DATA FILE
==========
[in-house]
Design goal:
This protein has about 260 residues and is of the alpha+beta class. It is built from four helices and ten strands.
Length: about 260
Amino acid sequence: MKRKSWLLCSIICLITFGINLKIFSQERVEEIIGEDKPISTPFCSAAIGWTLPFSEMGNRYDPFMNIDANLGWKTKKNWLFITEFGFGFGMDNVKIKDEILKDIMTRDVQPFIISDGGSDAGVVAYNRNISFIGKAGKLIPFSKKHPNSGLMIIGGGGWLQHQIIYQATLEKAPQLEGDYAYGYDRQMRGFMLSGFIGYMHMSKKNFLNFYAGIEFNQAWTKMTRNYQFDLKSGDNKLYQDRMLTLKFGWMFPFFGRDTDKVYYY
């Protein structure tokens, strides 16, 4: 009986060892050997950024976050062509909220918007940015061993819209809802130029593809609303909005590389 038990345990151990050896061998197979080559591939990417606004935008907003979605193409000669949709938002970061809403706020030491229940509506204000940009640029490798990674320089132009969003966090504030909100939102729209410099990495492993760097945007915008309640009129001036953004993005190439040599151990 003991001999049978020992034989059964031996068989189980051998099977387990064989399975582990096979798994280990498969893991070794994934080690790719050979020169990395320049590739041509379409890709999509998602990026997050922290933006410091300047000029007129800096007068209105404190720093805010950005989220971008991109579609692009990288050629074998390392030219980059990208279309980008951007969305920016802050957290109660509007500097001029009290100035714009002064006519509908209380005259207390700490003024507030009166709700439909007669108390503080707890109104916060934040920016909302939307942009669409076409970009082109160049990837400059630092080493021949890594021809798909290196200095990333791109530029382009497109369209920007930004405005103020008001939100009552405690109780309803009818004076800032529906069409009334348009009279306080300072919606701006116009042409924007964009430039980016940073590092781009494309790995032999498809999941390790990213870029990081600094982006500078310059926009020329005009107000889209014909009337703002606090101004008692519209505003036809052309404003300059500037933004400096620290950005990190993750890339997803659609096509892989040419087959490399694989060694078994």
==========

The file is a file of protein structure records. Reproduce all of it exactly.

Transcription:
[in-house]
Design goal:
This protein has about 260 residues and is of the alpha+beta class. It is built from four helices and ten strands.
Length: about 260
Amino acid sequence: MKRKSWLLCSIICLITFGINLKIFSQERVEEIIGEDKPISTPFCSAAIGWTLPFSEMGNRYDPFMNIDANLGWKTKKNWLFITEFGFGFGMDNVKIKDEILKDIMTRDVQPFIISDGGSDAGVVAYNRNISFIGKAGKLIPFSKKHPNSGLMIIGGGGWLQHQIIYQATLEKAPQLEGDYAYGYDRQMRGFMLSGFIGYMHMSKKNFLNFYAGIEFNQAWTKMTRNYQFDLKSGDNKLYQDRMLTLKFGWMFPFFGRDTDKVYYY
């Protein structure tokens, strides 16, 4: 009986060892050997950024976050062509909220918007940015061993819209809802130029593809609303909005590389 038990345990151990050896061998197979080559591939990417606004935008907003979605193409000669949709938002970061809403706020030491229940509506204000940009640029490798990674320089132009969003966090504030909100939102729209410099990495492993760097945007915008309640009129001036953004993005190439040599151990 003991001999049978020992034989059964031996068989189980051998099977387990064989399975582990096979798994280990498969893991070794994934080690790719050979020169990395320049590739041509379409890709999509998602990026997050922290933006410091300047000029007129800096007068209105404190720093805010950005989220971008991109579609692009990288050629074998390392030219980059990208279309980008951007969305920016802050957290109660509007500097001029009290100035714009002064006519509908209380005259207390700490003024507030009166709700439909007669108390503080707890109104916060934040920016909302939307942009669409076409970009082109160049990837400059630092080493021949890594021809798909290196200095990333791109530029382009497109369209920007930004405005103020008001939100009552405690109780309803009818004076800032529906069409009334348009009279306080300072919606701006116009042409924007964009430039980016940073590092781009494309790995032999498809999941390790990213870029990081600094982006500078310059926009020329005009107000889209014909009337703002606090101004008692519209505003036809052309404003300059500037933004400096620290950005990190993750890339997803659609096509892989040419087959490399694989060694078994």